All communications were lost with the Japanese Astro-H (Hitomi) astronomy spacecraft after a suspected structural failure event on 27 March 2016 after it fell into a spin. US Strategic Command detected debris coming off the spacecraft at 0142 GMT and there was a subsequent failure to re-establish full communications with the spacecraft during a scheduled pass with a monitoring station at 0740 GMT. However, signals from a beacon aboard were eventually received indicating that the spacecraft be mainly intact despite the debris including suspected panels from the solar array. Amateur observations of the Astro-H (Hitomi) observatory have reported flashes in the sun-light caused by a rotating/tumbling spacecraft.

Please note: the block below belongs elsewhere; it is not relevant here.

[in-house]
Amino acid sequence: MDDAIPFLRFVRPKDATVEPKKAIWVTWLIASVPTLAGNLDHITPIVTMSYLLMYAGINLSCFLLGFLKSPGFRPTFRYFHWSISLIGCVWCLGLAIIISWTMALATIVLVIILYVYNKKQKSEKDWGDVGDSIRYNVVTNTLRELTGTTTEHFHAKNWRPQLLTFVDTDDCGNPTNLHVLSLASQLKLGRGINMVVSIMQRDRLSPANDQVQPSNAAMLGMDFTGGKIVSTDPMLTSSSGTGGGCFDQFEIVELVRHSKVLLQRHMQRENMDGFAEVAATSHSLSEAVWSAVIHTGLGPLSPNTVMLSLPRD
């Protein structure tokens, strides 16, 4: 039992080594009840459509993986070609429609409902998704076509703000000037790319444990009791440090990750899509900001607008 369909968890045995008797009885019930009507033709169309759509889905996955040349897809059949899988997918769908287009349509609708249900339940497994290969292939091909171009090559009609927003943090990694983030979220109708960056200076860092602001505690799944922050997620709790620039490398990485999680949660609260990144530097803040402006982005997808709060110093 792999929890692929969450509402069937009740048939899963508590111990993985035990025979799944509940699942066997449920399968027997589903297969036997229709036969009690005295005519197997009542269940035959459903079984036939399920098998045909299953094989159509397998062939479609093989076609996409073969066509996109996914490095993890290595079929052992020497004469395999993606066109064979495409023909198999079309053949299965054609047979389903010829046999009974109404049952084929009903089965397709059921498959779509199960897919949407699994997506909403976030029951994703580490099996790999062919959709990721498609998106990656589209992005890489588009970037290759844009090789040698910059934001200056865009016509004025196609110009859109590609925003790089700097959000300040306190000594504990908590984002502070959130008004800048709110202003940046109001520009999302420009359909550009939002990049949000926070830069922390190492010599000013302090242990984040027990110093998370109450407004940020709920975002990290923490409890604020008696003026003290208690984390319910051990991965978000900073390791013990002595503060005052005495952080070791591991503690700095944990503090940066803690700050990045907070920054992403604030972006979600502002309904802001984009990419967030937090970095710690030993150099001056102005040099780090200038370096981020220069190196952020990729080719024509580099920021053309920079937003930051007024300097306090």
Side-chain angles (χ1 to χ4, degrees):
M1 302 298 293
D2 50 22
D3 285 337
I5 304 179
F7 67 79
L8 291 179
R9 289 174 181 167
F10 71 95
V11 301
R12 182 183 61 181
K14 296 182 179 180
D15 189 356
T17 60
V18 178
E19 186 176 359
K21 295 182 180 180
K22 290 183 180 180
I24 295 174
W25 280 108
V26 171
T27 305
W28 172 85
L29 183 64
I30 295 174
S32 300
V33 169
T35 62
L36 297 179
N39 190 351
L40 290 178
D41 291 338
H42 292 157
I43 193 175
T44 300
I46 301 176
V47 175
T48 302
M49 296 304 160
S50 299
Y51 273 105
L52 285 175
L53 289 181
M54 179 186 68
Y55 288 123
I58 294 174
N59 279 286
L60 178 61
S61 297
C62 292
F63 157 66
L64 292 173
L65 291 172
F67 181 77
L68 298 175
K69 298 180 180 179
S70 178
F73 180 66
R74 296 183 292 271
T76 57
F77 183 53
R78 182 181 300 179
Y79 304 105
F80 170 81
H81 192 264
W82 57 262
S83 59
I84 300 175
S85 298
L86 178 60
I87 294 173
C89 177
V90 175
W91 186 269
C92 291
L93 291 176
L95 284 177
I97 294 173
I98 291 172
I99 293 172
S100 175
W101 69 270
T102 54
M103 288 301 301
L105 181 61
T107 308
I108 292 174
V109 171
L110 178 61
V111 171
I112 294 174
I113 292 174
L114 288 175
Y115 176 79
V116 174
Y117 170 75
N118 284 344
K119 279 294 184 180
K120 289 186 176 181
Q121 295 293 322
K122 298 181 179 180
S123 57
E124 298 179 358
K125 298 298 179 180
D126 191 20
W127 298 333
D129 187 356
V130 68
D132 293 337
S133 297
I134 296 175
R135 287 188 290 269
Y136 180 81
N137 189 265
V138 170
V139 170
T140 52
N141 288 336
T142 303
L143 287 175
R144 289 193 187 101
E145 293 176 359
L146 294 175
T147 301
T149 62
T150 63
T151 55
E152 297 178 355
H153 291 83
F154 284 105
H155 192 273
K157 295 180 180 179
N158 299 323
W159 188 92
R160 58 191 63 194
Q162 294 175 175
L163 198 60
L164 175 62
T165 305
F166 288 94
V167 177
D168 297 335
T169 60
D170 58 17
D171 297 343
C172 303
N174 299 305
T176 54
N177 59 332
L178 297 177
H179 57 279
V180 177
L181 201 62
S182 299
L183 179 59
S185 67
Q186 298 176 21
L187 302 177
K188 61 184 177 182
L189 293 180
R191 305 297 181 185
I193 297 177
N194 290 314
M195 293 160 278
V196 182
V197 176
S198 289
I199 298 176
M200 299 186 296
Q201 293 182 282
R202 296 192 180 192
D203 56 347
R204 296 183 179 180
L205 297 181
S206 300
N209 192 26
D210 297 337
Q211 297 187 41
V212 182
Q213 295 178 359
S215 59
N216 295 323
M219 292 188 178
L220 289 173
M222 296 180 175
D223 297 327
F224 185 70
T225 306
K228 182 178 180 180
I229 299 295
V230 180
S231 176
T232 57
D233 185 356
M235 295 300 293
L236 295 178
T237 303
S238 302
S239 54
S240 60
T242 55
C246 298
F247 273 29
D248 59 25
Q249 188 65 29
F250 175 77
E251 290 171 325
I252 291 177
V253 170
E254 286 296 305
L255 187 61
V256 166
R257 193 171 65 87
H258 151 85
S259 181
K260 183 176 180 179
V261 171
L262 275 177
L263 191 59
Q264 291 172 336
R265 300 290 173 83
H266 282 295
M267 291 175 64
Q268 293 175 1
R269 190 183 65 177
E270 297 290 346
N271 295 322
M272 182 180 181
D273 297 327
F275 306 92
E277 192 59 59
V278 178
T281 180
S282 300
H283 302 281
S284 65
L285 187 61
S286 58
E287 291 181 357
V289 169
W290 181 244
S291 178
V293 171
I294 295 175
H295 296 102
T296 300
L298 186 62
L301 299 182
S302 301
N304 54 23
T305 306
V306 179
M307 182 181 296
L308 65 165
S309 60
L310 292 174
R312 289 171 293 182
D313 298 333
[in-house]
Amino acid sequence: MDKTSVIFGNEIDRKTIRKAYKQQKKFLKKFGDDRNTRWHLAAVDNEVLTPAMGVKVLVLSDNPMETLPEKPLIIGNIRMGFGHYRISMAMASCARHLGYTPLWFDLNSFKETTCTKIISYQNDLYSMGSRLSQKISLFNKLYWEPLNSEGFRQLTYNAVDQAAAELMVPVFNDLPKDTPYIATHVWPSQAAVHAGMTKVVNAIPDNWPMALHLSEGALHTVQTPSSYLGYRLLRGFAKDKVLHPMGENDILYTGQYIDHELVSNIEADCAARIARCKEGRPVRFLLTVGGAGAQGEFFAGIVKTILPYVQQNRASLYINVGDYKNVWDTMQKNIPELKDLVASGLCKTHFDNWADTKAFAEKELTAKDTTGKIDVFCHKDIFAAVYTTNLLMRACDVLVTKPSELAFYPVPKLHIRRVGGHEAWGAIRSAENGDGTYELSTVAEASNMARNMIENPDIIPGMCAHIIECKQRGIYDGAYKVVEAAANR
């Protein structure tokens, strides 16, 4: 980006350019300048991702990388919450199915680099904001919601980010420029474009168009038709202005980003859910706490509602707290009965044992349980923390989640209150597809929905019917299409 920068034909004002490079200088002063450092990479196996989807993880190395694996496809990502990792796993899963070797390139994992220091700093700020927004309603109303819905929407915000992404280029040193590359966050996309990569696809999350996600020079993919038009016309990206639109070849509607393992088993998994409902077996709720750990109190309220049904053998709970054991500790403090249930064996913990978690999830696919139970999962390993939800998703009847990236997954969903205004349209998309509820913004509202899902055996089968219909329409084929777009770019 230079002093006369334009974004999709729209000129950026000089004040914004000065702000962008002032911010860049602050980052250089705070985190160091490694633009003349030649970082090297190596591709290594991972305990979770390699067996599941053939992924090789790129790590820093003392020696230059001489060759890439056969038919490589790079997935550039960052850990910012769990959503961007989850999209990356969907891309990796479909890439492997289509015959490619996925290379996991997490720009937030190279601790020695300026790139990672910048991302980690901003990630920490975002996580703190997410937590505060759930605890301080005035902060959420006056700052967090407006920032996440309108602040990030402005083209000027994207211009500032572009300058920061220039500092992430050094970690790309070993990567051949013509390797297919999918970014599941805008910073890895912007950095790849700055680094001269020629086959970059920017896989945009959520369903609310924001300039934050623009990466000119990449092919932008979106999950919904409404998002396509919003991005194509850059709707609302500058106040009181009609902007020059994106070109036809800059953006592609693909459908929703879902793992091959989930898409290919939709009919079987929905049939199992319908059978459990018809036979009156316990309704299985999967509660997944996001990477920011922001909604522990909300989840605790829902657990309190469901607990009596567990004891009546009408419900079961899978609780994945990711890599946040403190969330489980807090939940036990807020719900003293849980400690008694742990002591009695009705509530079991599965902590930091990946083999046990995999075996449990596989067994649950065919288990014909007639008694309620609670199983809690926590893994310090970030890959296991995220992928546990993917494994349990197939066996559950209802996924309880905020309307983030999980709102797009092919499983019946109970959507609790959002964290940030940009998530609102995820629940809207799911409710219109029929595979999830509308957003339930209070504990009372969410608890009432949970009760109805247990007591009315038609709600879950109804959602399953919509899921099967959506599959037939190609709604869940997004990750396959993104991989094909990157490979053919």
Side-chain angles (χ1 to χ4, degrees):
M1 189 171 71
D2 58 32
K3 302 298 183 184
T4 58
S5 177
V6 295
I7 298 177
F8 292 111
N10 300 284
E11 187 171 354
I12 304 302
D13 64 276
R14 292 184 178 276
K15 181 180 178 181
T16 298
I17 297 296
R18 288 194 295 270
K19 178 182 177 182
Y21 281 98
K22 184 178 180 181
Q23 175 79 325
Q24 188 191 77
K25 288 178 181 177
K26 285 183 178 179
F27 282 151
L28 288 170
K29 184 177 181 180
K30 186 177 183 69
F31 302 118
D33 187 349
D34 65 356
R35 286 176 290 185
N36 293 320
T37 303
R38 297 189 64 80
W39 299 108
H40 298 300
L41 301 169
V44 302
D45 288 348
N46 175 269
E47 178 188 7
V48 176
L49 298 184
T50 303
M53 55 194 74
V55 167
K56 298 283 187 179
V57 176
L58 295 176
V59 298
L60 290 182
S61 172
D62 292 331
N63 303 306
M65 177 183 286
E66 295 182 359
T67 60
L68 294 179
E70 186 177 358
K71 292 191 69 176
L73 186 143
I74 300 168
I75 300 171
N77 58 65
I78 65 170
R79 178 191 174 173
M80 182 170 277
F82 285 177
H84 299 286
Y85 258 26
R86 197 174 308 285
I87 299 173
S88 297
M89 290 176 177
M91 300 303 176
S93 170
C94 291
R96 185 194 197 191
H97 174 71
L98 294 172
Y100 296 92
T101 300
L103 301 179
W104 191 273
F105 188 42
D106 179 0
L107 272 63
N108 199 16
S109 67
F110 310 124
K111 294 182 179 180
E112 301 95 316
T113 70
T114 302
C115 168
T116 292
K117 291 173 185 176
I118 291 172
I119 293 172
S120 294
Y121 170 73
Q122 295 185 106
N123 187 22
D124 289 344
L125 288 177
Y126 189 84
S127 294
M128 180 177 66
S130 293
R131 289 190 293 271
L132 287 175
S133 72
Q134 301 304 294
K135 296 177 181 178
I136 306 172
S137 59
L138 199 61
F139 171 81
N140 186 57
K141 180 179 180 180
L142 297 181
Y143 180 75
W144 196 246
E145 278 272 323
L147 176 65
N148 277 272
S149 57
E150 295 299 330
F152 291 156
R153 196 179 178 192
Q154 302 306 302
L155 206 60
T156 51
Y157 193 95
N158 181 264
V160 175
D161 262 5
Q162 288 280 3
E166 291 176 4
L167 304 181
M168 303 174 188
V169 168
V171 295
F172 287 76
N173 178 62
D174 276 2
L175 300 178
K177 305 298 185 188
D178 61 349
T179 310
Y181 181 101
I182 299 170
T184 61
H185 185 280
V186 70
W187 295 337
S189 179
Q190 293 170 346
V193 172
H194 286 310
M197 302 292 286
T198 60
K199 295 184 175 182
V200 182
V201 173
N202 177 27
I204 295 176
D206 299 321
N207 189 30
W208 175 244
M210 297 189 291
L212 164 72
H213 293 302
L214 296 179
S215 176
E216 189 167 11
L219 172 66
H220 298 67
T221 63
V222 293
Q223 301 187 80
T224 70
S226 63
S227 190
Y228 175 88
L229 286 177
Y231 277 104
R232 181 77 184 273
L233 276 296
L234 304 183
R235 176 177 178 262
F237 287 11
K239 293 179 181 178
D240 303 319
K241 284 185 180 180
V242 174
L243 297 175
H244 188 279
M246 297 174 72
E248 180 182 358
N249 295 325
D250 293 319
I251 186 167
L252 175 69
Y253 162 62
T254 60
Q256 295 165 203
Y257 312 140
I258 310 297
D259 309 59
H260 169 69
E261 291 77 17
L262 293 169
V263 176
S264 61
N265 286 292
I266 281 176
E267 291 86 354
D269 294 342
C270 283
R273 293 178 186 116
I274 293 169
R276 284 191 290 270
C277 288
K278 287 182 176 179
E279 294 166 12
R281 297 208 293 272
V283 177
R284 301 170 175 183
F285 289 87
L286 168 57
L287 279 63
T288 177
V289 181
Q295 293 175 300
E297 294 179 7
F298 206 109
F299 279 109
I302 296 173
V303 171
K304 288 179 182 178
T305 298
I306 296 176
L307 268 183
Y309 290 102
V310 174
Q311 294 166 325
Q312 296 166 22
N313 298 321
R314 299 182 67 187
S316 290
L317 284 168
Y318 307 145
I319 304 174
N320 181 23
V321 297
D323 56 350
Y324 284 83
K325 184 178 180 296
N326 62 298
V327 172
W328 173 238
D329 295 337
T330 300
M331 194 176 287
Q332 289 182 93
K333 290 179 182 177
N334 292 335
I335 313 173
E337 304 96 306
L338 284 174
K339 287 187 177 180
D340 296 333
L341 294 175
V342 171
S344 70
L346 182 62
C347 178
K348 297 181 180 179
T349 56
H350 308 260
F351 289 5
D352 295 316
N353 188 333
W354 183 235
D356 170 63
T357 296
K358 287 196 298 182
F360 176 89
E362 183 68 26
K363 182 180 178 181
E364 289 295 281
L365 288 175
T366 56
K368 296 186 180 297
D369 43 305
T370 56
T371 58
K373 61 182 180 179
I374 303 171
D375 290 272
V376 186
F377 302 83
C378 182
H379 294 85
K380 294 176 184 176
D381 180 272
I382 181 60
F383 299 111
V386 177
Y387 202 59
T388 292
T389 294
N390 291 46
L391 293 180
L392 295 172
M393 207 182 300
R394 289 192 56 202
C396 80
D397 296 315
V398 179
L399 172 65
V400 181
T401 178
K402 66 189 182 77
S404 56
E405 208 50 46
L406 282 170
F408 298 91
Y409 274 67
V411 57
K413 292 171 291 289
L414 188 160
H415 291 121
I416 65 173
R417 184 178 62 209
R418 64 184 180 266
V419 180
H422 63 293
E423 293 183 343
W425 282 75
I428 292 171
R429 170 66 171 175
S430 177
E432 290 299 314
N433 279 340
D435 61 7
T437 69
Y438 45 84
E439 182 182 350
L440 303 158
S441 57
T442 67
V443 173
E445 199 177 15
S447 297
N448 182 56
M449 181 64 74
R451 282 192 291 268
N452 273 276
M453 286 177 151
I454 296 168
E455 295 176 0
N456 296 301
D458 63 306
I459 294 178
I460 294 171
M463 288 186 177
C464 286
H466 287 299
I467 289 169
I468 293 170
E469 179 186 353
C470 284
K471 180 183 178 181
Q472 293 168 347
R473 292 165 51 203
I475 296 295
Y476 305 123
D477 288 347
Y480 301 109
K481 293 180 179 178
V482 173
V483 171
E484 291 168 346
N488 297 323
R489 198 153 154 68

The spacecraft built and operated by JAXA, was launched by an H2A-202 rocket on 17 February, and was to perform high-resolution observations over a wide range of wavelengths, including making gamma ray and “soft” and “hard” X-ray observations.
While the cause of this event has yet to be found, there was initial speculation that the event may be debris related. The spacecraft was launched into a low Earth orbit of 575 km inclined at 31 degrees relative to the equator which puts it at an increased risk from objects flying in near polar/sun-synchronous orbits of similar altitudes. However, US Space Command has officially ruled out a debris strike and the suspicion is that the craft suffered an attitude control system failure which led to a 12 revelutions per minute spin which in turn led to debris being shed. The spacecraft is now thought to be irrecoverable.
Updated on 13 April 2016